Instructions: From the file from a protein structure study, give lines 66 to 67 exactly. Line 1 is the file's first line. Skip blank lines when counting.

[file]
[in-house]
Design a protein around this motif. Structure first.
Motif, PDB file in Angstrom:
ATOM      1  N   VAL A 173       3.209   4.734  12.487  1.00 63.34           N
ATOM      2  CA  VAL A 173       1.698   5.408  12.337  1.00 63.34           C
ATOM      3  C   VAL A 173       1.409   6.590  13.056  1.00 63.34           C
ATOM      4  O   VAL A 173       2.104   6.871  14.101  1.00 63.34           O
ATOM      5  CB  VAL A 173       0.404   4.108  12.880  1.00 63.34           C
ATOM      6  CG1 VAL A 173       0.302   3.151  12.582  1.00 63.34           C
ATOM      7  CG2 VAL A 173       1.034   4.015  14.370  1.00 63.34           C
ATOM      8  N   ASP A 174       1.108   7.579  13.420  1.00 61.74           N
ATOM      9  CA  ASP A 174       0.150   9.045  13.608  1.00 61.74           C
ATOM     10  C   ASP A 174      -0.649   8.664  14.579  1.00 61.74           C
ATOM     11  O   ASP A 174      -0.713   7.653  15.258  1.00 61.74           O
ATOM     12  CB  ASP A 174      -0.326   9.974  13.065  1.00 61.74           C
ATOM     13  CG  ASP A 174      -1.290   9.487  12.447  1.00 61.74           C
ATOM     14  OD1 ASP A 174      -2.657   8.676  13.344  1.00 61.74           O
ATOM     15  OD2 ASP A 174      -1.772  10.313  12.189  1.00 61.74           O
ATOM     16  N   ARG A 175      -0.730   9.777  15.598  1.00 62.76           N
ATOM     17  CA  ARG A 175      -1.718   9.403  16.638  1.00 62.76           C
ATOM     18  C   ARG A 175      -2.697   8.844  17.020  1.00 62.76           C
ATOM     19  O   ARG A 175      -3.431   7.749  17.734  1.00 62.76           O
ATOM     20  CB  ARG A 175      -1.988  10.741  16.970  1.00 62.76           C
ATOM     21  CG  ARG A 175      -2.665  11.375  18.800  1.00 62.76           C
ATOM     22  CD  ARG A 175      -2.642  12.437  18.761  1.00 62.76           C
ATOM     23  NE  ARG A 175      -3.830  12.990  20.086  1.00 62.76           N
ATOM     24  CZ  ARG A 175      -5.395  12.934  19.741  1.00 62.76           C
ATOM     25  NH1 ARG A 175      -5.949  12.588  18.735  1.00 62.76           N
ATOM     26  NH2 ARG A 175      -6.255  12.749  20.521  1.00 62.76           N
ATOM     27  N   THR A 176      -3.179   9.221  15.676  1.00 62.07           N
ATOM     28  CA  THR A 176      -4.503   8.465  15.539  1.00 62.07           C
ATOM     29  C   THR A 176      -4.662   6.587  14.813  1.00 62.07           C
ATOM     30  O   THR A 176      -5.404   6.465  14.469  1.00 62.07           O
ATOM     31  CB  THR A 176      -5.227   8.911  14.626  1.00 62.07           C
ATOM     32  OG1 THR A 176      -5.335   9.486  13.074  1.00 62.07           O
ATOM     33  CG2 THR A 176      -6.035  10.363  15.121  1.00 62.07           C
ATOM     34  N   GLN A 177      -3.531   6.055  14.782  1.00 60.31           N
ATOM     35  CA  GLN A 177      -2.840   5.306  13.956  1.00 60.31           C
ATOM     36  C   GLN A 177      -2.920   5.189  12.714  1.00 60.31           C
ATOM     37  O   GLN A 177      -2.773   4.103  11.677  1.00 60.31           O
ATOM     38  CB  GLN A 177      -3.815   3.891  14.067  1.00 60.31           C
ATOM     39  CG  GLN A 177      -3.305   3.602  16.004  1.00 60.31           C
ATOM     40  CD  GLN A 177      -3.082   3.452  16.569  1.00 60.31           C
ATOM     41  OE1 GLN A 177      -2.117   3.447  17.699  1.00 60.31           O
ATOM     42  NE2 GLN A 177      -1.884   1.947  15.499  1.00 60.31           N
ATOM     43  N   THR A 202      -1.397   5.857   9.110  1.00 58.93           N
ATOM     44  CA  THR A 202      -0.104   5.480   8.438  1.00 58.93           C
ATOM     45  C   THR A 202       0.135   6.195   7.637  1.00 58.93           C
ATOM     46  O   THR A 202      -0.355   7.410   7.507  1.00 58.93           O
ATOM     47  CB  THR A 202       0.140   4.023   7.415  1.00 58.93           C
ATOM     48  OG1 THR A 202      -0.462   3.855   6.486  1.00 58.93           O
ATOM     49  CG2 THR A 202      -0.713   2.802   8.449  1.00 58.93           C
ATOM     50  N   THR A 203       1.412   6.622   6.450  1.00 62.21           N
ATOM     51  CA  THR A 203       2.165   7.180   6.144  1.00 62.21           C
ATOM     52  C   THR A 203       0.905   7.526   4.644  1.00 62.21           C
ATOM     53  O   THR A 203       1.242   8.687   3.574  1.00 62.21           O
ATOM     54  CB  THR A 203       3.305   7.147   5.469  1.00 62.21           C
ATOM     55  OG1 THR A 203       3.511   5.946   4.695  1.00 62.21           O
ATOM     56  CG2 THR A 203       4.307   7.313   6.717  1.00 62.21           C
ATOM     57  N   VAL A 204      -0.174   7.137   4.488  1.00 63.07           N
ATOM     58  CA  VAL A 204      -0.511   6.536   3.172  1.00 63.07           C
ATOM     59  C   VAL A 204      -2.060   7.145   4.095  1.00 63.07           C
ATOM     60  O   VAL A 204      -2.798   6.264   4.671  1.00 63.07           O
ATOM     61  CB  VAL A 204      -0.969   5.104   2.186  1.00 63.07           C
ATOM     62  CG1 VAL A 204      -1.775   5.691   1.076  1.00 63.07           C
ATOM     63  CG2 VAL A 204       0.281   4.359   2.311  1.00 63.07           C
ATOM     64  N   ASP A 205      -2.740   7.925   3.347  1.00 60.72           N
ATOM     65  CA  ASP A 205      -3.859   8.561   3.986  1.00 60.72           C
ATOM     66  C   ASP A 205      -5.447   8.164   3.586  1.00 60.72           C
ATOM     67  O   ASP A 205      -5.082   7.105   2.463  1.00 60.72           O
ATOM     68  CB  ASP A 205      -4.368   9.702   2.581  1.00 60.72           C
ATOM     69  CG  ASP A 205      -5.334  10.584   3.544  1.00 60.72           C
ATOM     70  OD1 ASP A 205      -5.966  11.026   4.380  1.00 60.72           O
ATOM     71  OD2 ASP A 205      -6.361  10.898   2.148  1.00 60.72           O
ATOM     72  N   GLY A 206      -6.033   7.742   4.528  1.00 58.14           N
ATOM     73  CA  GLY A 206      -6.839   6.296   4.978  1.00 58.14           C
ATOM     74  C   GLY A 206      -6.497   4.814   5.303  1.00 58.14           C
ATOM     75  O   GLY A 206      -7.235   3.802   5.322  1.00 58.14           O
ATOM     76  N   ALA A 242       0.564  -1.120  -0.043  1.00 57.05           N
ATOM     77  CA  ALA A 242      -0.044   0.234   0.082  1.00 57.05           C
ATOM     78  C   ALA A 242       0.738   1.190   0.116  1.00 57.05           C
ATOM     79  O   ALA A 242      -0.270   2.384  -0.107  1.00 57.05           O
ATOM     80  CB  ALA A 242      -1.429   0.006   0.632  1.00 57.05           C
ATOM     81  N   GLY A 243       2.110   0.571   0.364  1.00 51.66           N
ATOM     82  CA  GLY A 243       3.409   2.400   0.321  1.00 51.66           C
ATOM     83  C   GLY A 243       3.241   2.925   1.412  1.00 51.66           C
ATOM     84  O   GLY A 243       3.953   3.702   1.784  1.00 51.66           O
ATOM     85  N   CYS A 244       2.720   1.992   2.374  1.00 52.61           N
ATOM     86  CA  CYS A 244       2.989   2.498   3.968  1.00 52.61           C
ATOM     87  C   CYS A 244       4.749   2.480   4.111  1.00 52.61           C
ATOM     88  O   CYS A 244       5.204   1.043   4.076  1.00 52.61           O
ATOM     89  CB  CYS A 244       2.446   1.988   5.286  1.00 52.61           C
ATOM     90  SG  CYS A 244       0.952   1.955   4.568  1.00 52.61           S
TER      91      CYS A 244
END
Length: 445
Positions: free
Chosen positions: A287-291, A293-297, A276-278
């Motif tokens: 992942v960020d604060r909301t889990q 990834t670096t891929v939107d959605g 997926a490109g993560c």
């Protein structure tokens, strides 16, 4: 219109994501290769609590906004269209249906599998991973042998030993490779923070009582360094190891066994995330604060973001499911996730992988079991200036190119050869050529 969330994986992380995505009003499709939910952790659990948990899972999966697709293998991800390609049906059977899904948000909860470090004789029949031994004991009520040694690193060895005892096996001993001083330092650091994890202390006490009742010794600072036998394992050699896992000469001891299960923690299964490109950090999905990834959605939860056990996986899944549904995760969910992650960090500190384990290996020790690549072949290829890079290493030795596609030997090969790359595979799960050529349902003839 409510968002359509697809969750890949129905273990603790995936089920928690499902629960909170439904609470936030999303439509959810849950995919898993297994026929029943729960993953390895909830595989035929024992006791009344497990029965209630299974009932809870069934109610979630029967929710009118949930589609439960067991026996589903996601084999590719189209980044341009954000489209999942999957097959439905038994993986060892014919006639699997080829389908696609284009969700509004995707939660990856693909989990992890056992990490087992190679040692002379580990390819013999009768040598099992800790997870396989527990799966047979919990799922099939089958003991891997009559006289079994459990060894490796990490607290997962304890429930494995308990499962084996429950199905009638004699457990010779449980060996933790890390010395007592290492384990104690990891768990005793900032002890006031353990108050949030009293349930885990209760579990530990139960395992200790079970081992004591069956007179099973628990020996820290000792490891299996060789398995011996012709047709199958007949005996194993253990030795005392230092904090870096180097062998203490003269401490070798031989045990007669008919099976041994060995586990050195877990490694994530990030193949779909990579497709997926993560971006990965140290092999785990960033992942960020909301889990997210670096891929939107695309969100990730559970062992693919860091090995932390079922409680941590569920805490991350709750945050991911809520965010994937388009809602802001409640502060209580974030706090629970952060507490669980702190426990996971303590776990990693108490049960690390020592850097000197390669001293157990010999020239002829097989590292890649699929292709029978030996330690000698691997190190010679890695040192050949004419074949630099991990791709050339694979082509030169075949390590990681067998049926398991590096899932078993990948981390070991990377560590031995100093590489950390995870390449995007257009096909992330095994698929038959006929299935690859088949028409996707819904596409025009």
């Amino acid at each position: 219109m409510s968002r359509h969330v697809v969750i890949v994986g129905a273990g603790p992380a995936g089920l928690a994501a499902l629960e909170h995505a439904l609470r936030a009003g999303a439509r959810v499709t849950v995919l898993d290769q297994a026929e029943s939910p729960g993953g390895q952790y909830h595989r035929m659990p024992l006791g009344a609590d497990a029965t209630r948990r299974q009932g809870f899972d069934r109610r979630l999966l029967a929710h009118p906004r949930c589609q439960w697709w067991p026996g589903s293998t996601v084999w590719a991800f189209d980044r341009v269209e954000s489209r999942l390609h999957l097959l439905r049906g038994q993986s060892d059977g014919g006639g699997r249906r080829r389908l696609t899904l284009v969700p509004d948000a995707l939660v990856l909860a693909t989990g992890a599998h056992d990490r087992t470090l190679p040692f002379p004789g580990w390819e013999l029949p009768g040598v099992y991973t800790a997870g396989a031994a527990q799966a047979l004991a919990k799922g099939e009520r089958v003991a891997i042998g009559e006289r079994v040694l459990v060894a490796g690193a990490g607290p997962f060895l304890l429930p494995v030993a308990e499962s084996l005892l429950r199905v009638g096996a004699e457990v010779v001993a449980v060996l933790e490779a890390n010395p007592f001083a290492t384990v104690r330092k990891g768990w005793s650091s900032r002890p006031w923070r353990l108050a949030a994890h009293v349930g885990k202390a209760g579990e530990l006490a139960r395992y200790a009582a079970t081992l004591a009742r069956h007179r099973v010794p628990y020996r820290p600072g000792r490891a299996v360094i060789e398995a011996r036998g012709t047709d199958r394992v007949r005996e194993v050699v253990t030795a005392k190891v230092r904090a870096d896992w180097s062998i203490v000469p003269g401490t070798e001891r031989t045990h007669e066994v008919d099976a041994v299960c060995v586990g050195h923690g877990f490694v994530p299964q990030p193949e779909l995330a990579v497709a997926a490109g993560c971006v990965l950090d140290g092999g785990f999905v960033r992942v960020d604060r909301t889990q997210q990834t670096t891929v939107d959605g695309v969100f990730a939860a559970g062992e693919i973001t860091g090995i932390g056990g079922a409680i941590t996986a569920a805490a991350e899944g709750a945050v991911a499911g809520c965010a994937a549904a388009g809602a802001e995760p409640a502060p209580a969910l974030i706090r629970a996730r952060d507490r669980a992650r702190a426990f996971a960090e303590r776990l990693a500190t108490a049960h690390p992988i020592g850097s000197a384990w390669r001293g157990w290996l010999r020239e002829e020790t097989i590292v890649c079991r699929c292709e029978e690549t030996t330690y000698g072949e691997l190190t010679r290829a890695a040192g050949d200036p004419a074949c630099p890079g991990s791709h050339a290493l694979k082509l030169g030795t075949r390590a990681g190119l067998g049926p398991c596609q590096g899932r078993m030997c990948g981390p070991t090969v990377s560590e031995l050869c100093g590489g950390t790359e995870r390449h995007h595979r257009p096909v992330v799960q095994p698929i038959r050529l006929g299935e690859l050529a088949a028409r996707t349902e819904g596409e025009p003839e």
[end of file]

ATOM     63  CG2 VAL A 204       0.281   4.359   2.311  1.00 63.07           C
ATOM     64  N   ASP A 205      -2.740   7.925   3.347  1.00 60.72           N